Press release: International summit to crack down on sexual predators in the aid sector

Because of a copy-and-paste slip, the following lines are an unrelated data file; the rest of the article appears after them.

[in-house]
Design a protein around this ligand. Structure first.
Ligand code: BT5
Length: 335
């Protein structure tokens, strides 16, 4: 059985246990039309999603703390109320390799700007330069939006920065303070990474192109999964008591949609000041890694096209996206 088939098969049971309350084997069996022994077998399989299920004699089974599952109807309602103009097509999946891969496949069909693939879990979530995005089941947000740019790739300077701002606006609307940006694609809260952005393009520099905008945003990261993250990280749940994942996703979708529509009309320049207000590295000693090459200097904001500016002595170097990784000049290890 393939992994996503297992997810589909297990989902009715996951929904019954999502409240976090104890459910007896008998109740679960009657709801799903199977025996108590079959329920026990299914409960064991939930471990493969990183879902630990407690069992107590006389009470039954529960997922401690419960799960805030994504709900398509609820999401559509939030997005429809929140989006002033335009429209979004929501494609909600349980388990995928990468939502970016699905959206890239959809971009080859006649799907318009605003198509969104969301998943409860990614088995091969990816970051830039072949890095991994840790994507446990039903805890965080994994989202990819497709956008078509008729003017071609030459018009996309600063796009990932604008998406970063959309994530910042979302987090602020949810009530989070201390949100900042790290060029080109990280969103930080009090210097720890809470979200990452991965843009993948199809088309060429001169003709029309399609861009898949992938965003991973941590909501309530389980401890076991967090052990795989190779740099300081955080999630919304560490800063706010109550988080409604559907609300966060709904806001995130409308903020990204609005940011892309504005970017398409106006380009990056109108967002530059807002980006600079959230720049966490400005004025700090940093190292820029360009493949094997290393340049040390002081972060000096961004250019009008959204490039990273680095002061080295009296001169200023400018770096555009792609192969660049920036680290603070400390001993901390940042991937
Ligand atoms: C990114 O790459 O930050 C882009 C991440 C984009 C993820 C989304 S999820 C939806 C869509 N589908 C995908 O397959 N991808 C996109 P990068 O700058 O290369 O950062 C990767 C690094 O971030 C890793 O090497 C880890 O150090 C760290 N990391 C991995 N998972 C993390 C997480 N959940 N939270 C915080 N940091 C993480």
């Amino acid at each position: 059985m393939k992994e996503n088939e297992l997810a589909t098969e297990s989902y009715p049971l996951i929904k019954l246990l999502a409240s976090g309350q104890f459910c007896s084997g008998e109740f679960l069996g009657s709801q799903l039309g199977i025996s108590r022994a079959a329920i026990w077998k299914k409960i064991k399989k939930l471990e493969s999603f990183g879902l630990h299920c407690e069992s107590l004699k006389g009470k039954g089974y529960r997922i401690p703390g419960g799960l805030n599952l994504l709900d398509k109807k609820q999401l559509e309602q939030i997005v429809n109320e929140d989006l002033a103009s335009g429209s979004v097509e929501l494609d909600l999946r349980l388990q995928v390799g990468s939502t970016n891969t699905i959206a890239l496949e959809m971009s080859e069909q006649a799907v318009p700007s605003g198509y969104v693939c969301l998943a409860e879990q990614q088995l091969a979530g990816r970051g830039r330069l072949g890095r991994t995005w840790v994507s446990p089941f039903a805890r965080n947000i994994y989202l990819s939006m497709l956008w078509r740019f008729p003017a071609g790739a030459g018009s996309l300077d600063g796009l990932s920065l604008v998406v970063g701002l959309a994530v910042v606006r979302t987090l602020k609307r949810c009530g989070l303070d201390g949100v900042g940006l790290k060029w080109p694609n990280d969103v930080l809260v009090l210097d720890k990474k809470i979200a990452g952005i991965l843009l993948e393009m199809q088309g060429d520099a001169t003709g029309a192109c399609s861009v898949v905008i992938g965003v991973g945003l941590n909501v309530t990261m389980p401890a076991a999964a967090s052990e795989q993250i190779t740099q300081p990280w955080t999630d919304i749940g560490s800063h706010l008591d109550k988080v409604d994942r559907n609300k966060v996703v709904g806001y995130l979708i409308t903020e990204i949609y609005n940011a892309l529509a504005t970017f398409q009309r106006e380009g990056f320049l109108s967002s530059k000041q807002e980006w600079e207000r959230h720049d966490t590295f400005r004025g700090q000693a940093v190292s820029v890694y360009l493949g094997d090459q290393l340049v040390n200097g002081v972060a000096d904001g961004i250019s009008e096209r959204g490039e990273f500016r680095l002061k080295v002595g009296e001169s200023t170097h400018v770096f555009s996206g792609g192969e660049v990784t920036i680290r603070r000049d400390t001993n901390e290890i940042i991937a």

first_img Email [email protected] Announcements to include new Interpol pilot in Asia and Africa to stop predators using the aid sector as a cover to harm vulnerable people This is a pivotal moment. The entire international aid community is in one place, as it looks to change for the better the way the aid sector works. Our message to sexual predators using the sector as a cover for their crimes is ‘Your time is up’. This summit will consolidate the work we have done to date to tackle exploitation and abuse and we will be announcing concrete practical actions and new law enforcement tools, which will bring about significant changes. We are demanding tough commitments from donors, NGOs and other aid organisations. We are not complacent. We realise there is much work still to do, but this a moment to say: ‘No more’. We have to give the people that we are here to help the protection that they need. General media queries (24 hours) At the summit Ms Mordaunt will announce that DFID and Interpol are launching a pilot to help stop sexual predators from being able to move between aid organisations without being caught.In addition, the UK will support NGOs, particularly small organisations, to strengthen their systems and processes via a new platform, which will include access to specialist investigators.The UK is supporting NGOs to test a new passport for aid workers to prove an individual’s identity, provide background information and vetting status. This will make it easier for employers to gather up to date information on applicants.DFID will also support the UN Victims’ Rights Advocate to establish a Victims Statement of Rights. This will provide clear, guidance to organisations on how to put victims and survivors first and improve support.Ms Mordaunt will announce the new Interpol project, named Operation Soteria after the Greek goddess of safety, will include deploying teams of specialists to two regional hubs in Africa and Asia to strengthen criminal record checks and information sharing between all 192 members, including high risk countries, and help ensure a more robust law enforcement response against individuals.Interpol Secretary General Jürgen Stock said: The pilot will be led by Interpol, ACRO Criminal Records Office and Save the Children who are coordinating NGO’s participating in the project. This is a five-year project with an initial one-year phase focused on testing the online platform, which will build on existing Interpol systems. This is a £10 million project, in which the UK has taken a leading role. It will commit £2 million, subject to approvals for the inception phase. For more information on the previous safeguarding summit in March visit: Telephone 020 7023 0600center_img A critical part of Interpol’s mission is to protect the most vulnerable members of society from the most dangerous. This is all the more important when sexual predators attempt to exploit the very people – be it men, women or children – they are supposed to be safeguarding from harm. International donors, who collectively provide over 90 per cent of global official aid, the UN, international financial institutions and a range of UK-based organisations (NGOs, contractors, research organisations and CDC, the UK’s development finance institution) will make concrete commitments at the summit.The summit follows an event in March co-hosted by DFID and the Charity Commission where Ms Mordaunt challenged UK-based international development charities, regulatory bodies and independent experts to drive up standards to ensure the aid sector protects the people it serves. As part of this, DFID put in place new, enhanced safeguarding standards for the organisations the department works with. Today’s event will focus on the international community.Notes to editors: Safeguarding Summit 2018: Are you listening?Free-to-use photographs from this event are available to download hereInternational Development Secretary Penny Mordaunt will call on the global aid community to take action today, saying “enough is enough”, as the Department for International Development (DFID) and the international aid sector clamps down on sexual predators abusing the most vulnerable people around the world.Speaking ahead of the International Safeguarding Summit in London today (Thursday 18 October) Ms Mordaunt said: Summit’s theme to be “Putting People First” – with the focus on preventing abuse and improving support for victims and survivors If you have an urgent media query, please email the DFID Media Team on [email protected] in the first instance and we will respond as soon as possible.last_img read more

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